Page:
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Theresa May asks EU for two-year Brexit transition period

British Prime Minister Theresa May has set out her plan for future ties with the European Union in an attempt to break the deadlock in Brexit negotiations.

May, who was speaking in the Italian city of Florence on Friday, said her country’s divorce from the EU does not mean that the country wishes to be a partner, and not a member state of the EU.

She stressed that the UK would leave the European Single Market, but noted that London still wants economic relations with the bloc and it will not turn its back on Europe.

“Clearly people, businesses and public services should only have to plan for one set of changes in the relationship between the UK and the EU,” May told an audience of Italian business leaders and diplomats.

May said that the British people never felt comfortable as a member of the EU, emphasizing that Britons want to make their own laws independently.

“Instead, let us be creative as well as practical in designing an ambitious economic partnership which respects the freedoms and principles of the EU, and the wishes of the British people,” May added.

EU officials have been complaining that the British side has been weaseling out of its obligations and failing to address the three key points raised in previous Brexit talks: EU citizen rights, Northern Ireland’s border and a divorce bill.

May proposed a transition period of “around two years” after Britain leaves the EU so the two sides can work out the details in the final Brexit deal.

“People and businesses – both in the UK and in the EU – would benefit from a period to adjust to the new arrangements in a smooth and orderly way,” she said.

“So during the implementation period, access to one another’s markets should continue on current terms, and Britain also should continue to take part in existing security measures.”

May’s speech comes after the EU demanded more clarity from Britain on key issues regarding Brexit, including the rights of EU citizens and London’s financial commitments.

“We want you to stay; we value you,” May said, promising legal protection for EU citizens living in the UK.

The EU has demanded tens of billions of Euros from Britain as part of its “Brexit bill” before Brussels launches talks on a free trade agreement with London.

In her speech, the UK premier reassured other EU members that they need not worry “that they will need to pay more or receive less over the remainder of the current budget plan as a result of our decision to leave.”

EU praises May’s “constructive spirit” of speech

The EU’s chief Brexit negotiator praised the speech of May for a “constructive spirit” in talks with the EU, but said the union needed more clarity on what some of her statements meant.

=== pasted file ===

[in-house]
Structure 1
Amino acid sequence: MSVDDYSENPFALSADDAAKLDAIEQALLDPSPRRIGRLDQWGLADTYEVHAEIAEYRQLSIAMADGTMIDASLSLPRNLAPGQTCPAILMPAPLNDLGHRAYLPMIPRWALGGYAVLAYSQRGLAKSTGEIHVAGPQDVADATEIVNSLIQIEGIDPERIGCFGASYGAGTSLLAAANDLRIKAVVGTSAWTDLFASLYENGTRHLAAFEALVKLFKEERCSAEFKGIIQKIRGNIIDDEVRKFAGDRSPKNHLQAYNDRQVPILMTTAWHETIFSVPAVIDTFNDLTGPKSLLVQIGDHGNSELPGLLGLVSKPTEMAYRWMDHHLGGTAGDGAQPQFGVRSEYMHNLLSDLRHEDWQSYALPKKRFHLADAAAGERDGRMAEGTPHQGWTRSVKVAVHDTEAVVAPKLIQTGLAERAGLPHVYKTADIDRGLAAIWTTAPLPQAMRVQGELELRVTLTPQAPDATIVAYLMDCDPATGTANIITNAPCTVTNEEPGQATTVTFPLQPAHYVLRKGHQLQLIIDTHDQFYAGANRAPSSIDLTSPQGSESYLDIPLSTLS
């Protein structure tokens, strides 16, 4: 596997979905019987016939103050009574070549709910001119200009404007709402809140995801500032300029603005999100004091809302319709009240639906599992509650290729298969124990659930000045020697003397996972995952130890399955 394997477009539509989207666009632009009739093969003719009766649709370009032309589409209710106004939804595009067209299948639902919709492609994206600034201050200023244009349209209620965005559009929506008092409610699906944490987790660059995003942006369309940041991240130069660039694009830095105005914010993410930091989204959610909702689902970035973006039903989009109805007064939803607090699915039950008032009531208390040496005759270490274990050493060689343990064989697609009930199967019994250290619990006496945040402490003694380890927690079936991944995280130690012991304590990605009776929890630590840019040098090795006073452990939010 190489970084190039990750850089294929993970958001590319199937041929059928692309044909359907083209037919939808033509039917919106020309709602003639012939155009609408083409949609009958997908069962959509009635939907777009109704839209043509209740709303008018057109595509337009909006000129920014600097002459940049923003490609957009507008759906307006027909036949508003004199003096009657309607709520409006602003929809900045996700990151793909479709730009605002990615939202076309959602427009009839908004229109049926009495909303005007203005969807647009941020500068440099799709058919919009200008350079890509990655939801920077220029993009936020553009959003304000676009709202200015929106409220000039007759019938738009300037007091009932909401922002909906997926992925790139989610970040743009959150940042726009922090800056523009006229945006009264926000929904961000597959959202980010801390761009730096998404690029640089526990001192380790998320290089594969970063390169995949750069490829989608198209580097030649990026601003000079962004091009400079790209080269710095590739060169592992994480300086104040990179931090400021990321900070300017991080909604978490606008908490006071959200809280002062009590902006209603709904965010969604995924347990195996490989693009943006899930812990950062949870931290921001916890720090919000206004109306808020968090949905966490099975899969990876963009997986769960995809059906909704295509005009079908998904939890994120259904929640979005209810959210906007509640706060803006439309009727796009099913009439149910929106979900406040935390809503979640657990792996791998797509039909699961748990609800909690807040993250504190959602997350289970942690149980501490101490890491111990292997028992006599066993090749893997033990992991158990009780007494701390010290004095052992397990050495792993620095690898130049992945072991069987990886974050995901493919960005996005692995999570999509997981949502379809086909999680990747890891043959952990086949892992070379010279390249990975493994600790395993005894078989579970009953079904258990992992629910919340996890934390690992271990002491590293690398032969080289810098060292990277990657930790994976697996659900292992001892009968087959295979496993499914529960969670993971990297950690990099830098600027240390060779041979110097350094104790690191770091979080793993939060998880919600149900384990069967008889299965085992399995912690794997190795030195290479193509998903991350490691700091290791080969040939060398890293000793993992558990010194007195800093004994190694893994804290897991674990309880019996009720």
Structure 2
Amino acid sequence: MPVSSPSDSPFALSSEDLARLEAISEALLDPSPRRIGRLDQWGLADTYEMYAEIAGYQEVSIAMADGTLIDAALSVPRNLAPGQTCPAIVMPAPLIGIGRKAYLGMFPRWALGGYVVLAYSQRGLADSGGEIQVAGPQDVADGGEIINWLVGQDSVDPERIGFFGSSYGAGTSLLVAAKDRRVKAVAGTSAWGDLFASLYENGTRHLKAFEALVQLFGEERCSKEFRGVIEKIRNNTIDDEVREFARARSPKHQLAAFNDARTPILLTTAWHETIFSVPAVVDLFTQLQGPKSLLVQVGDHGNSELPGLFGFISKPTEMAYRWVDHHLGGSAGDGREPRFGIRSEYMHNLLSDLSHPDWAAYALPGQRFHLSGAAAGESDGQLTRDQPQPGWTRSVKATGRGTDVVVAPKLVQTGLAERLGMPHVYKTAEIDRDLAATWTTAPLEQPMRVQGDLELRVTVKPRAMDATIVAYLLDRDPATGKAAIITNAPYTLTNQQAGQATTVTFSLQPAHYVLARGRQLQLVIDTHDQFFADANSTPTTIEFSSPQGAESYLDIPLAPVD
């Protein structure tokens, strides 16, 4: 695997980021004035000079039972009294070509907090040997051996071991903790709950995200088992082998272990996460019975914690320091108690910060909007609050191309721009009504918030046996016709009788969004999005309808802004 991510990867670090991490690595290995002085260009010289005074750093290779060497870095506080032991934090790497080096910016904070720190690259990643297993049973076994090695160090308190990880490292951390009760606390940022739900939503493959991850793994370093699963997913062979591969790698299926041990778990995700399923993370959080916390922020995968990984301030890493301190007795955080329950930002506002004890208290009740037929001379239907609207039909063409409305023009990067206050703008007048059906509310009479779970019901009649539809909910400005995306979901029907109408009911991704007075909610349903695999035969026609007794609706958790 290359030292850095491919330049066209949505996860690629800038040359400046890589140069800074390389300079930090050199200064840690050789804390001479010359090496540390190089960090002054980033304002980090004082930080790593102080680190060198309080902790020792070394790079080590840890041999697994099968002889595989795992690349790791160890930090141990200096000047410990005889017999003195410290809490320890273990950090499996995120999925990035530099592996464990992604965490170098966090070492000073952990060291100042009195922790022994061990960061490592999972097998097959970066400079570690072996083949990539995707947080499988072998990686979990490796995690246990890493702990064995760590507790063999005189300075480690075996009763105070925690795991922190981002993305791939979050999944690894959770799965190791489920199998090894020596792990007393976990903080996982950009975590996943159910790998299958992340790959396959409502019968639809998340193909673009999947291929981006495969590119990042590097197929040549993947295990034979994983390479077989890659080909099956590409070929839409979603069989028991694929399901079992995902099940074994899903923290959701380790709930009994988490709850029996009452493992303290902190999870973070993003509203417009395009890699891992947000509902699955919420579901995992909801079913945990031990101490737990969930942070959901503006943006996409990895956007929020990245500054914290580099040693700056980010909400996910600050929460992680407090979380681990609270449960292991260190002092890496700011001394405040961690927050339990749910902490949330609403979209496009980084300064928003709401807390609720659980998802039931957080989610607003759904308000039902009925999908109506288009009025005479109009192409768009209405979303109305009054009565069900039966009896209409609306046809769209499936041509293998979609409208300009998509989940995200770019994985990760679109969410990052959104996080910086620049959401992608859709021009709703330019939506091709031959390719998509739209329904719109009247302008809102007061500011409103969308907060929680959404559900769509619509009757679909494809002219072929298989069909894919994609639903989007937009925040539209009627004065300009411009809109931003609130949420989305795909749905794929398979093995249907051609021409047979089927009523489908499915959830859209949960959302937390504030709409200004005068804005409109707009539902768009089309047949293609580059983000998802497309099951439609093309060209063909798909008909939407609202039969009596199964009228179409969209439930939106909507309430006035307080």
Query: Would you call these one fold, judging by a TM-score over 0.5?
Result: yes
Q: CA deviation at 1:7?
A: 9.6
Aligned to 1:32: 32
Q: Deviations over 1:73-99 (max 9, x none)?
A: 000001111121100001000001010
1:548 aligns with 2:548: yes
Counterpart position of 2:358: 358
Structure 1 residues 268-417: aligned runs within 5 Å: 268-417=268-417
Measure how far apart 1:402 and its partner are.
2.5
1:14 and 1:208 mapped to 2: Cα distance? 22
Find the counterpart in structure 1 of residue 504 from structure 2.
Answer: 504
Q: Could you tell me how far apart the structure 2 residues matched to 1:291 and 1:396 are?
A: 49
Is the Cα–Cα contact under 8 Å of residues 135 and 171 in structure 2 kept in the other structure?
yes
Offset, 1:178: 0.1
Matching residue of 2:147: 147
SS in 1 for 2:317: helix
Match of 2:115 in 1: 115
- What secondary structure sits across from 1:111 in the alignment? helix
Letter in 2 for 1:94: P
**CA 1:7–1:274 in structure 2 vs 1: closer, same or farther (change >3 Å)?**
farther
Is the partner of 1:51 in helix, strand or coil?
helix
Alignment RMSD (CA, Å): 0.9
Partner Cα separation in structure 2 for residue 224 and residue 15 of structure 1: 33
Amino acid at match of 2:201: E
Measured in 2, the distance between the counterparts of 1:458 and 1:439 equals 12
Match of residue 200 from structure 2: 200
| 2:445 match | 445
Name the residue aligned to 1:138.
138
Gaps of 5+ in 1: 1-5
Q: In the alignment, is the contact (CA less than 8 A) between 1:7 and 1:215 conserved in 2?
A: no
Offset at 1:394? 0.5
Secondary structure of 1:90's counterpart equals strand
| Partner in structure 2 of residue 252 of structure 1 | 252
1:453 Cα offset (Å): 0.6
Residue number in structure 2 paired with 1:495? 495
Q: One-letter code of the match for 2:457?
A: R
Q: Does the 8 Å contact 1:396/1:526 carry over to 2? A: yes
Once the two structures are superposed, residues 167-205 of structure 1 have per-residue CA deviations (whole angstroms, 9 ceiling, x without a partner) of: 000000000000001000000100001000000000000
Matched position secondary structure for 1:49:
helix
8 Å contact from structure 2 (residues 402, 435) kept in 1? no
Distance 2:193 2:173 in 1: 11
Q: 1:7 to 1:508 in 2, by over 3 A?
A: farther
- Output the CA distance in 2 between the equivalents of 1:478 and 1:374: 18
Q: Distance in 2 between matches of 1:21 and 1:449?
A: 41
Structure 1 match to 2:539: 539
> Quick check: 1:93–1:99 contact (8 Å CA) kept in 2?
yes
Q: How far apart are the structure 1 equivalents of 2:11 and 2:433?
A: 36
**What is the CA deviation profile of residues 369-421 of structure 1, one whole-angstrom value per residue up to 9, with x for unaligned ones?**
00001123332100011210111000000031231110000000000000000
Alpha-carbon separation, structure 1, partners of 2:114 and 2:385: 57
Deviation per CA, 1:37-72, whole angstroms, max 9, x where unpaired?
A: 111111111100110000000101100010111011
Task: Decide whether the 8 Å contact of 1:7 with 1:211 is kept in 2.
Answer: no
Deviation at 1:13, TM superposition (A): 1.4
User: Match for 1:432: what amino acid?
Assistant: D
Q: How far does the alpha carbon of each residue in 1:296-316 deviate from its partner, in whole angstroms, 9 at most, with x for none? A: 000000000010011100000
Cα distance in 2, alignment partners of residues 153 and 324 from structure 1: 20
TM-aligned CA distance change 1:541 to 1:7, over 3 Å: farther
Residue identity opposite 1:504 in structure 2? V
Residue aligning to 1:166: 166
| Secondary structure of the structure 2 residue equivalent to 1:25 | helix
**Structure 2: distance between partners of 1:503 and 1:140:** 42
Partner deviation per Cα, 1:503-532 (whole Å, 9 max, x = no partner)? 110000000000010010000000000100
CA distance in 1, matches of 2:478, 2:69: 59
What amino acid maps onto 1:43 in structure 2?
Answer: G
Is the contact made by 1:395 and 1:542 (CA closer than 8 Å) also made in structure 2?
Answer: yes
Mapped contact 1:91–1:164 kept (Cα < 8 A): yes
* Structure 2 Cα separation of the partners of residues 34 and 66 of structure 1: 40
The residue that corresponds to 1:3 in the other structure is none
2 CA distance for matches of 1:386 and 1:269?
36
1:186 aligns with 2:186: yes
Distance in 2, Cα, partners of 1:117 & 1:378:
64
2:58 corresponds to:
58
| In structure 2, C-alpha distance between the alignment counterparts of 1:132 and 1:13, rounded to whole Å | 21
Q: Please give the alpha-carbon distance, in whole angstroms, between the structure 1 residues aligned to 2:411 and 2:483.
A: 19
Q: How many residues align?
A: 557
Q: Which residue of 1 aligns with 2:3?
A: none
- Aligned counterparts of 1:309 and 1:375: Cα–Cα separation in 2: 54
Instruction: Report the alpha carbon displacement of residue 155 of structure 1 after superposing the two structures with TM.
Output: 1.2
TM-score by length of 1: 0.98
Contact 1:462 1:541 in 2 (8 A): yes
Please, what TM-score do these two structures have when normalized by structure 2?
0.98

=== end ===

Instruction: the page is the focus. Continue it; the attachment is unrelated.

“May expressed a constructive spirit which is also the spirit of the European Union during this unique negotiation,” Michel Barnier said in a statement. He, however, said it “must be translated into negotiating positions” to make real progress.

“The sooner we reach an agreement on the principles of the orderly withdrawal in the different areas – and on the conditions of a possible transition period requested by the United Kingdom – the sooner we will be ready to engage in a constructive discussion on our future relationship,” he said.

European Commission member in charge of Brexit negotiations with Britain, Michel Barnier, arrives at the palazzo Chigi in Rome on September 21, 2017. (photo by AFP)

Irish PM cautiously welcomes May’s speech

Meanwhile, Irish Prime Minister Leo Varadkar gave a “cautious welcome” to May’ speech.

“I’d give the speech a cautious welcome. I think it is a genuine effort by the prime minister to move things along and make progress,” Varadkar told journalists.

“We will of course need further clarity and further understanding as to how a transition period might work. But requesting a transition period is also a step in the right direction,” he said.

On September 11, MPs passed the European Union (Withdrawal) Bill by 326 votes to 290, giving the Conservative government a majority of 36 and paving the way for greater powers to be handed to government ministers.

Nearly 52 percent of Britons opted to leave the bloc during the EU referendum in June last year. The United Kingdom formally triggered the Brexit process on March 29 and divorce negotiations officially began on June 19.

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